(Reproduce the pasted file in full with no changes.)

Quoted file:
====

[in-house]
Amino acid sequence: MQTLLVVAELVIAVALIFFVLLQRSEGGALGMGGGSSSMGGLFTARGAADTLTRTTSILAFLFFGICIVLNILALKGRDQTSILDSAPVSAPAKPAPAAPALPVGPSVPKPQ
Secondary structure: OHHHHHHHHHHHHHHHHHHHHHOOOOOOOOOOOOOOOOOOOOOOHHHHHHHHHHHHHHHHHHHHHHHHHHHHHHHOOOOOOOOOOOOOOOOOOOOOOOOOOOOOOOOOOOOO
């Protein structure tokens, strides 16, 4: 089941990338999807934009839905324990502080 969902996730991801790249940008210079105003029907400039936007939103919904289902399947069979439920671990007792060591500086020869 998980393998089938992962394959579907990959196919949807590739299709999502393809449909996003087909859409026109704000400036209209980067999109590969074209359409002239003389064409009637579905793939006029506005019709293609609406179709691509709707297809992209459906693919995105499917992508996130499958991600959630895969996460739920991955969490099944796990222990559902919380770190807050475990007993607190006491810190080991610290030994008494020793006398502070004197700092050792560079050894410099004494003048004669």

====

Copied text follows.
[in-house]
Amino acid sequence: MQTLLVVAELVIAVALIFFVLLQRSEGGALGMGGGSSSMGGLFTARGAADTLTRTTSILAFLFFGICIVLNILALKGRDQTSILDSAPVSAPAKPAPAAPALPVGPSVPKPQ
Secondary structure: OHHHHHHHHHHHHHHHHHHHHHOOOOOOOOOOOOOOOOOOOOOOHHHHHHHHHHHHHHHHHHHHHHHHHHHHHHHOOOOOOOOOOOOOOOOOOOOOOOOOOOOOOOOOOOOO
């Protein structure tokens, strides 16, 4: 089941990338999807934009839905324990502080 969902996730991801790249940008210079105003029907400039936007939103919904289902399947069979439920671990007792060591500086020869 998980393998089938992962394959579907990959196919949807590739299709999502393809449909996003087909859409026109704000400036209209980067999109590969074209359409002239003389064409009637579905793939006029506005019709293609609406179709691509709707297809992209459906693919995105499917992508996130499958991600959630895969996460739920991955969490099944796990222990559902919380770190807050475990007993607190006491810190080991610290030994008494020793006398502070004197700092050792560079050894410099004494003048004669």